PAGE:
Write out the user stories on post-its and bring them in. Then the Product Owner is able to get everyone on their feet to look at the user stories collaboratively. You can even put up a white sheets of paper so that people can scribble out little mocks which creates a really awesome environment for the whole team to get engaged.
Brian: If you do use a tool, which almost everybody does nowadays, print out those user stories. Put them on the wall and have everyone go around with a pad of post-its and put up the acceptance criteria as you come to a shared understanding.
Brian: When we go through backlog items, we’ve noticed a couple things that are problematic. If the stories are not vertically sliced, that is going to make it very difficult to have a value-based “why are we doing this” discussion.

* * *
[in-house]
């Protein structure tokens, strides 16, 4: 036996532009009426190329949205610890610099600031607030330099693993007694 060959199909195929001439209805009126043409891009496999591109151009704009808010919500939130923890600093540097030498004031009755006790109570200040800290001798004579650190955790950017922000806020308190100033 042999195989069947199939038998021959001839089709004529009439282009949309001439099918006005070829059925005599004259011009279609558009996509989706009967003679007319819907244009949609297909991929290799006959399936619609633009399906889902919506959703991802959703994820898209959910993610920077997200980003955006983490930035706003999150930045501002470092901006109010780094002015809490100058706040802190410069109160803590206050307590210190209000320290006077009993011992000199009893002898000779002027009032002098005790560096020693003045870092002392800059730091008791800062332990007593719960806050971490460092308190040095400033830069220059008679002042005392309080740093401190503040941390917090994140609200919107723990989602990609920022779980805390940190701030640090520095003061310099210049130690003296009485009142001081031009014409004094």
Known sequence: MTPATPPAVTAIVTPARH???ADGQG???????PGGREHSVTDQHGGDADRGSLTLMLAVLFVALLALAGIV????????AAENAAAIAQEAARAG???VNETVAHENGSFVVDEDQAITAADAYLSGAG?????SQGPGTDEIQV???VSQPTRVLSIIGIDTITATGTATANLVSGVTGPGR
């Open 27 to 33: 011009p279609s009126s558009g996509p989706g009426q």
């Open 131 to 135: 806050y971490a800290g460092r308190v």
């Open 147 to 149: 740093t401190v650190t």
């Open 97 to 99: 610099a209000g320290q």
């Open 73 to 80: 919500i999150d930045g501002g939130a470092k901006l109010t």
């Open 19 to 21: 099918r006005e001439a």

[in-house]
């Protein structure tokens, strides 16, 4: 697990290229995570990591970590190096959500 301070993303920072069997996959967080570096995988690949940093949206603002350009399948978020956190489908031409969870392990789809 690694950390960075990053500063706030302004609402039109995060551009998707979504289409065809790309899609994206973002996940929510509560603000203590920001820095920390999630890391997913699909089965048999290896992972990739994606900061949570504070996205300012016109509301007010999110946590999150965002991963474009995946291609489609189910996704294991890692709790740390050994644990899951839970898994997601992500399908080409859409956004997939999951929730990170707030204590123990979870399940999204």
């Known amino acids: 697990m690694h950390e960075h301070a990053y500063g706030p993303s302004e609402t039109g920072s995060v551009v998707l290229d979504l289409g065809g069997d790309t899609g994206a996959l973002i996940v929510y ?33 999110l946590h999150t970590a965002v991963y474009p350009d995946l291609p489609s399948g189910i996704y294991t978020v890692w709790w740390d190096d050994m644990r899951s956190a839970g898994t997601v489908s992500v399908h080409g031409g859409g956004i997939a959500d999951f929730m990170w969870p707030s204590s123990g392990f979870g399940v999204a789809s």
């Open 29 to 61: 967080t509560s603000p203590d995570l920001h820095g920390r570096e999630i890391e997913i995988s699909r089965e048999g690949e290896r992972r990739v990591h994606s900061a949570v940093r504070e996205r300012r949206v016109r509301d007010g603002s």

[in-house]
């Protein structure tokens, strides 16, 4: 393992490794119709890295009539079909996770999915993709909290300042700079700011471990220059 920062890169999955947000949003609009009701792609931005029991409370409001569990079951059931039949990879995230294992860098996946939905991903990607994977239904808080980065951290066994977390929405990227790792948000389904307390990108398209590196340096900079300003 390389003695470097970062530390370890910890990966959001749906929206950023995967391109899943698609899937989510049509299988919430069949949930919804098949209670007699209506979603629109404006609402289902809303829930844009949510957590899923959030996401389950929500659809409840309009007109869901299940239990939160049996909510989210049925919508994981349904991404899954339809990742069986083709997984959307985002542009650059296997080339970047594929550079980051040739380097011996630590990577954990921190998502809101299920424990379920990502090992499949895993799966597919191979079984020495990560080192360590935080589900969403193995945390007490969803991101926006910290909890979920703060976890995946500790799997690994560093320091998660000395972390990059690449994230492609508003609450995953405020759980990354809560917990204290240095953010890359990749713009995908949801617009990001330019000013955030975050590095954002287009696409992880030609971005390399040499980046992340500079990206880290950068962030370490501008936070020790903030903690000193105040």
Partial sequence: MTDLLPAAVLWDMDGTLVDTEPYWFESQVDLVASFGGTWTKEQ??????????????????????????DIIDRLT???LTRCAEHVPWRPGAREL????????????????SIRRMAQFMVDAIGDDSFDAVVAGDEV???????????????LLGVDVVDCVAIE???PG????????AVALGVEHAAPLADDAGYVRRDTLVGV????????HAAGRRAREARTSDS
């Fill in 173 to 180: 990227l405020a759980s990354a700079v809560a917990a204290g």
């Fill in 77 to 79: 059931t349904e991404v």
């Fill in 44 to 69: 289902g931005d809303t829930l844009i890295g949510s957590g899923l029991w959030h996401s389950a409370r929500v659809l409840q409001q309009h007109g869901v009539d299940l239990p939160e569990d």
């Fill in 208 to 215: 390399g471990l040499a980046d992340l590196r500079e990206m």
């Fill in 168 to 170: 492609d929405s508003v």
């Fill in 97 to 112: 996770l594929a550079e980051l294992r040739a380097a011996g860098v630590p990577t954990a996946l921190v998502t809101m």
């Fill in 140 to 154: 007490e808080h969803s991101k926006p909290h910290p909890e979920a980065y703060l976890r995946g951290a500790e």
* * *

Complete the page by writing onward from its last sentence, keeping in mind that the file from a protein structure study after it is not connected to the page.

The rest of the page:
For example, if the item is giving a new, fun capability to users, it’s really easy to get behind the value we’re delivering. If the item is “insert database table here…add two columns… insert trigger.”, it is near impossible to get excited about it. This also makes it difficult to bring your whole mind and creativity to solving the problem, because you have really been presented with a component task.
Reese: The other thing I see a lot is that backlog items are too small. We want big meaty valuable things. Do you laugh when Scrum books say “about four to six items in the backlog for the Sprint?” No, that’s real, that’s a goal, those are big meaty things for the whole team to work together and collaborate on. When you are in Backlog Refinement, you are having a meaty rich discussion digging deep into “Why this thing is going on and what you can accomplish”, rather than “That button goes to there.”
Brian: It is hard to remain vertically sliced when we get so small. I know that you’ll get a lot of advice to slice backlog items as small as possible, and that may be an end state. but it’s hard, at first, to conceptualize something that small and still keep it vertically sliced. We’d rather you keep it vertically sliced and a little bit bigger.